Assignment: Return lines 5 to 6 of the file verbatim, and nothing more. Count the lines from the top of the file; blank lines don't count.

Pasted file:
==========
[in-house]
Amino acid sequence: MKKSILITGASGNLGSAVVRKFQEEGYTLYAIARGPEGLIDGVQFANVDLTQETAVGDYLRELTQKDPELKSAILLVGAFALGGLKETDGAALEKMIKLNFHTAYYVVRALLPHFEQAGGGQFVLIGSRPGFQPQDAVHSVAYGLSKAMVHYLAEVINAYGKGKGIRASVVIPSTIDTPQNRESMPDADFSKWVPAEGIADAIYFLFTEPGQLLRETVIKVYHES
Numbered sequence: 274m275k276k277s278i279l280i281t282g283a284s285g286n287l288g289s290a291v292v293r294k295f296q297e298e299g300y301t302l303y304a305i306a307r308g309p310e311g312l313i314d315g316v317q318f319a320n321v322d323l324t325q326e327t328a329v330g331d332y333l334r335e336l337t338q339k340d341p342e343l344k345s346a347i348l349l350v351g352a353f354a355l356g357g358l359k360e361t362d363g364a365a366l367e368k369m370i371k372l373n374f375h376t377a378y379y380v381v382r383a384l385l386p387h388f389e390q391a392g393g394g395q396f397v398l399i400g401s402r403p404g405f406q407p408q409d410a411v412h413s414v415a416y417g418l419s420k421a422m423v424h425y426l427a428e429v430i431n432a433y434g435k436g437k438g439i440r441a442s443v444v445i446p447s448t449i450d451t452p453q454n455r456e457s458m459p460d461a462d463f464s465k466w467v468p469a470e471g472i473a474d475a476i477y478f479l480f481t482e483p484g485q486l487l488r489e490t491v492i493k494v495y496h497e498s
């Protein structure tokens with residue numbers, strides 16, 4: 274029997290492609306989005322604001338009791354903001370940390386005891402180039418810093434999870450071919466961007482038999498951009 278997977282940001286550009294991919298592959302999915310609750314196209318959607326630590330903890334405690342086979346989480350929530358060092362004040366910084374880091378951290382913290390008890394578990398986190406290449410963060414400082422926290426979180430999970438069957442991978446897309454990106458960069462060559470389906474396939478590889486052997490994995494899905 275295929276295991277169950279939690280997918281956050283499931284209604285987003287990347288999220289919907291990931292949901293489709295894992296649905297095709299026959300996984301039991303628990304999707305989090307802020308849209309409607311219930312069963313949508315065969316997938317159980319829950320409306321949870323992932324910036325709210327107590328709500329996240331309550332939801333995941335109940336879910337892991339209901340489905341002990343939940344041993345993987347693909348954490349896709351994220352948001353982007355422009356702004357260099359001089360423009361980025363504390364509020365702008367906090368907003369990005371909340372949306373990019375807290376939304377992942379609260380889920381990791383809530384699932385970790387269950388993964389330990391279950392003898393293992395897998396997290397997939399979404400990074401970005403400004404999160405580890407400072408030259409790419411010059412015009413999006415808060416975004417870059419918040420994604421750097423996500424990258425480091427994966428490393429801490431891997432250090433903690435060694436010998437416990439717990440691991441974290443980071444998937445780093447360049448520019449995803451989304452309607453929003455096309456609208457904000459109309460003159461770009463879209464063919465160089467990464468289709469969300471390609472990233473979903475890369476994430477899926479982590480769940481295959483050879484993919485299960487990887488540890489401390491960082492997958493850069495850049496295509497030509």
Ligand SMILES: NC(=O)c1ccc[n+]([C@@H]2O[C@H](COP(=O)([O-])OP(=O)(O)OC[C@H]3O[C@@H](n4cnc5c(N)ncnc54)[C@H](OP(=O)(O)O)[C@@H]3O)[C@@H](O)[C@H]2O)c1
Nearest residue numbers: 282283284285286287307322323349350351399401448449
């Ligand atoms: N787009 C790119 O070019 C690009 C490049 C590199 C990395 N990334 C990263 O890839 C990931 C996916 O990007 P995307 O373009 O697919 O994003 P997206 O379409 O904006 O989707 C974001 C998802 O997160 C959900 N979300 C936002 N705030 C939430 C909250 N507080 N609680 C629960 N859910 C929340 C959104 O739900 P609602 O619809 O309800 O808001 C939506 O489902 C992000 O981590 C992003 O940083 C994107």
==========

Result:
Ligand SMILES: NC(=O)c1ccc[n+]([C@@H]2O[C@H](COP(=O)([O-])OP(=O)(O)OC[C@H]3O[C@@H](n4cnc5c(N)ncnc54)[C@H](OP(=O)(O)O)[C@@H]3O)[C@@H](O)[C@H]2O)c1
Nearest residue numbers: 282283284285286287307322323349350351399401448449